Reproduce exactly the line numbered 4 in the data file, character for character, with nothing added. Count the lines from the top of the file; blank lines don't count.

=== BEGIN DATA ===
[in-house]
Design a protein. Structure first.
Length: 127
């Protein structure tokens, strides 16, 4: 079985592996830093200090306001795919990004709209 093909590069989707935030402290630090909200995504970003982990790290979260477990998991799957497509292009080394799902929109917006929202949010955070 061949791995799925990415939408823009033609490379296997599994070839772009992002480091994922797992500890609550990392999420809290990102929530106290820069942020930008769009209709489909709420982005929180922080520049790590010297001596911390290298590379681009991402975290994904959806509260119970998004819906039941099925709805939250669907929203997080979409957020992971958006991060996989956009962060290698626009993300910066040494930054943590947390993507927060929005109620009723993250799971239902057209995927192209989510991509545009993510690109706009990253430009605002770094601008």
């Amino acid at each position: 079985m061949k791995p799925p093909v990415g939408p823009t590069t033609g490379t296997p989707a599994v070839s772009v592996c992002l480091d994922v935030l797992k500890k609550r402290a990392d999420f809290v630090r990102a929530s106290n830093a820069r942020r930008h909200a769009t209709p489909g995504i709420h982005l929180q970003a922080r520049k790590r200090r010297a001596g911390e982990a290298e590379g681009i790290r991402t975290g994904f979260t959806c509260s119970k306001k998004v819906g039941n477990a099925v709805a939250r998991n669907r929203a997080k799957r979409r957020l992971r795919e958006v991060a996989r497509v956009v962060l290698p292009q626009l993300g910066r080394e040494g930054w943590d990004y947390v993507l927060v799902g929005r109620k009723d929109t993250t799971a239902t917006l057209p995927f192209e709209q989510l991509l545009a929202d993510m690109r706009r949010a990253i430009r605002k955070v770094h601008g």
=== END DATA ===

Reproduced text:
């Protein structure tokens, strides 16, 4: 079985592996830093200090306001795919990004709209 093909590069989707935030402290630090909200995504970003982990790290979260477990998991799957497509292009080394799902929109917006929202949010955070 061949791995799925990415939408823009033609490379296997599994070839772009992002480091994922797992500890609550990392999420809290990102929530106290820069942020930008769009209709489909709420982005929180922080520049790590010297001596911390290298590379681009991402975290994904959806509260119970998004819906039941099925709805939250669907929203997080979409957020992971958006991060996989956009962060290698626009993300910066040494930054943590947390993507927060929005109620009723993250799971239902057209995927192209989510991509545009993510690109706009990253430009605002770094601008």